Umland: Concept and Overview

The area linked socially and economically to an urban settlement has been given various names. Some geographers have adopted the German term ‘Hinterland’ meaning thereby the region served by a port. In America, it is known as ‘Sphere of Influence’. The term ‘Sphere of Influence’ was first used by Northam and supported by Carter. It is preferred by political geographers. Other expressions like ‘Zone of Influence’, ‘Tributary Area’, or ‘Catchment Area’ have also been used. But they have some difficulties to bring the meaning of a region explicit. City region is an area influenced by an urban centre into two dimensions. The town acts both as centripetally as well as centrifugally. Goods and services flow into and out of a city and thus, the city and the region are economically interdependent. It is neither a sphere of influence nor does it necessarily form a continuous zone. The term ‘city region’ was first used by Dickinson. It is used to describe a similar situation on a much larger scale. A city cannot sustain by itself but it is linked by its surrounding countryside interdependently. For this very purpose, an appropriate word ‘Umland’ has been used by different geographers. The term ‘Umland’ is a German word, translated from a Swedish word ‘Omland’ (‘Om’ means around and ‘land’ means area) (Singh, 2007). This term is mainly applied for inland towns that deals in all directions but unfortunately this term has also been applied to the immediate environs of a town as well as to a larger area served by it (Johnson, 1972). The word ‘Umland’ with a geographical perspective was first used by Ander Allix, a French geographer in 1914. He claimed to have coined it himself to express his concept of economic domain meaning thereby the areas immediately around an interior city. The term was again used by the same author in 1922 in his article in the ‘Geographical Review’ (Mandal, 2000). Thus, the word ‘Umland’ was substituted by many geographers for ‘Urban Hinterland’, ‘Sphere of Influence’, ‘Catchment Area’, ‘Urban Field’ and ‘City Region’.

Umland is a region that is closely linked economically with a nearby town or city (Encyclopedia, 1768). Though Allix did not coin the word, he was certainly the first to give it a geographical meaning. Among the American Geographers, Stanley D. Dodge was the first to use it in 1932. Later on, D. Whittlesey also made use of it in 1937 in his study of Kano, a Sudanese city. He simply demarcated an area of extending within a radius of 50 or 60 kilometres on all sides of the city. In England, the word caused a slight breeze in a discussion that followed Green’s paper ‘Urban Hinterland’ which refers to area linked beyond or behind the city limits (Nath, 1962; Mandal, 2000). F.H.W. Green demarcated the extent of hinterlands in some urban centres of England and Wales by adopting the analysis of bus services (Green, 1950)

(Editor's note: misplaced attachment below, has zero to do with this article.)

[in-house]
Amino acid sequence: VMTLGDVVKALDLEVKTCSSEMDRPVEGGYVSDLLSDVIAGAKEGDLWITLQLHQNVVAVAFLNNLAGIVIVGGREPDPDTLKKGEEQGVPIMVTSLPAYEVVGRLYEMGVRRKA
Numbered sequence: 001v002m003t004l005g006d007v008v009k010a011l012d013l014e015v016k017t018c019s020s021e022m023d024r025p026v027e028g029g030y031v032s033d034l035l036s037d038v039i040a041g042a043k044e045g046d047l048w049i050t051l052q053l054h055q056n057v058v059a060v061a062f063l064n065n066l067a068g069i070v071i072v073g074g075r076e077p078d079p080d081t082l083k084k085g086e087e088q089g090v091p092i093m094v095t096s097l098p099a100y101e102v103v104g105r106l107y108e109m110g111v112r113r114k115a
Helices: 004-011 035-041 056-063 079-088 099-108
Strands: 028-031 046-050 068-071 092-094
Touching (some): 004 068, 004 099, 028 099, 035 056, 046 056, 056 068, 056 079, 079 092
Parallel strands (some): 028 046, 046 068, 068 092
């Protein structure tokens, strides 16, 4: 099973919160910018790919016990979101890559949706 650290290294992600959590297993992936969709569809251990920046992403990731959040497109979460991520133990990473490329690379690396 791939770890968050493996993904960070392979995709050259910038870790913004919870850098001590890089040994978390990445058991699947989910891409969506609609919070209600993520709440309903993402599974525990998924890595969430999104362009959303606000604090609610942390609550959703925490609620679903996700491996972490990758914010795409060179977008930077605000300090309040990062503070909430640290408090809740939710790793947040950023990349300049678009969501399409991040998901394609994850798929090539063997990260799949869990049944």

Van Cleef also used the term ‘Umland’ and differentiated it with hinterland with respect to areal limits. He explained ‘Umland’ as the area continuous to a trade centre (extending to and indicating its suburbs or urblets) whose total economic and cultural activities are essentially one with those of the primary centre. He divided the economic domain into two parts (Cleef, 1941).

Nath also preferred to use ‘Umland’ defining it as “an area of functional unity which develops around every urban settlement in response to its socio-economic relations with the surrounding countryside” (Nath, 1962). In the year 1938, Stiangendour identified the ‘Umland’ of certain towns of England of which the immediate areas around these towns had been demarcated (Mandal, 2000). He defined ‘Umland’ as “the immediate rural land surrounding a metropolitan city and distinguished it from hinterland which denotes the entire accessible land beyond the Umland of a city within a country” (Rao, 1981).

R. L. Singh, for the first time, gave a special preference for the expression of ‘Umland’. According to him, “the city as a living organism depends for its vitality not only on its internal resources but also on its capacity for its growth from a vast region surrounding it”. There is an areal limit set to the region in which these interrelated services operate efficiently beyond which centrifugal trends begin. Therefore, he defined Umland as “the area in which the city is culturally, economically and politically interrelated forms the Umland of a particular town or city”. Thus, he has done pioneering work in this field (Singh, 1955).